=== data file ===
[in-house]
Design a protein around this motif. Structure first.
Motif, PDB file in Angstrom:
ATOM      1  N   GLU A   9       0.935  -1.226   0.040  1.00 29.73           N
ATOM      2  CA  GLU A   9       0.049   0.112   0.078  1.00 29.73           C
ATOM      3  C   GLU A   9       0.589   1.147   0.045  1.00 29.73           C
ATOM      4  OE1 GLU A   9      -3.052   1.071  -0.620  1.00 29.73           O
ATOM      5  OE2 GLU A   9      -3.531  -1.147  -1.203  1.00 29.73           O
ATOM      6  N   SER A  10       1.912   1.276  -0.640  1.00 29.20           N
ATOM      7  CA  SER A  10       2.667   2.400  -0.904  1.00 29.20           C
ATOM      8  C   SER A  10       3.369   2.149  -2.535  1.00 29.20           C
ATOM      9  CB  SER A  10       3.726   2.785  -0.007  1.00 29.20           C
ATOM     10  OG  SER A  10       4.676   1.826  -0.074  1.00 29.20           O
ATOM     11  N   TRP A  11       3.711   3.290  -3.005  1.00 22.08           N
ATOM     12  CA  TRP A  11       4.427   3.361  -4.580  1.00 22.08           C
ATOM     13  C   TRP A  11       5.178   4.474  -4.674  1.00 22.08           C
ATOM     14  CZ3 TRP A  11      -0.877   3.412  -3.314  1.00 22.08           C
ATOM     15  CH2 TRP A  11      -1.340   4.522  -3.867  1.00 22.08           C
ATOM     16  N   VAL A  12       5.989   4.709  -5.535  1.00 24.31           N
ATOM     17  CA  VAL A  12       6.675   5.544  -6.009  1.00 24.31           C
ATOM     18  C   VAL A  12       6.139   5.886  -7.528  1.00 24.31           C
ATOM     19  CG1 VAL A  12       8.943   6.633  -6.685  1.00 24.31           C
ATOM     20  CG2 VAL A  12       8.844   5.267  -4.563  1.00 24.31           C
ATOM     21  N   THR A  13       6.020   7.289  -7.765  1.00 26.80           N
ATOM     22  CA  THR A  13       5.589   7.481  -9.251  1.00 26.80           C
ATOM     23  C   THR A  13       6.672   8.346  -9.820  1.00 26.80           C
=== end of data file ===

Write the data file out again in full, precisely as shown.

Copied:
[in-house]
Design a protein around this motif. Structure first.
Motif, PDB file in Angstrom:
ATOM      1  N   GLU A   9       0.935  -1.226   0.040  1.00 29.73           N
ATOM      2  CA  GLU A   9       0.049   0.112   0.078  1.00 29.73           C
ATOM      3  C   GLU A   9       0.589   1.147   0.045  1.00 29.73           C
ATOM      4  OE1 GLU A   9      -3.052   1.071  -0.620  1.00 29.73           O
ATOM      5  OE2 GLU A   9      -3.531  -1.147  -1.203  1.00 29.73           O
ATOM      6  N   SER A  10       1.912   1.276  -0.640  1.00 29.20           N
ATOM      7  CA  SER A  10       2.667   2.400  -0.904  1.00 29.20           C
ATOM      8  C   SER A  10       3.369   2.149  -2.535  1.00 29.20           C
ATOM      9  CB  SER A  10       3.726   2.785  -0.007  1.00 29.20           C
ATOM     10  OG  SER A  10       4.676   1.826  -0.074  1.00 29.20           O
ATOM     11  N   TRP A  11       3.711   3.290  -3.005  1.00 22.08           N
ATOM     12  CA  TRP A  11       4.427   3.361  -4.580  1.00 22.08           C
ATOM     13  C   TRP A  11       5.178   4.474  -4.674  1.00 22.08           C
ATOM     14  CZ3 TRP A  11      -0.877   3.412  -3.314  1.00 22.08           C
ATOM     15  CH2 TRP A  11      -1.340   4.522  -3.867  1.00 22.08           C
ATOM     16  N   VAL A  12       5.989   4.709  -5.535  1.00 24.31           N
ATOM     17  CA  VAL A  12       6.675   5.544  -6.009  1.00 24.31           C
ATOM     18  C   VAL A  12       6.139   5.886  -7.528  1.00 24.31           C
ATOM     19  CG1 VAL A  12       8.943   6.633  -6.685  1.00 24.31           C
ATOM     20  CG2 VAL A  12       8.844   5.267  -4.563  1.00 24.31           C
ATOM     21  N   THR A  13       6.020   7.289  -7.765  1.00 26.80           N
ATOM     22  CA  THR A  13       5.589   7.481  -9.251  1.00 26.80           C
ATOM     23  C   THR A  13       6.672   8.346  -9.820  1.00 26.80           C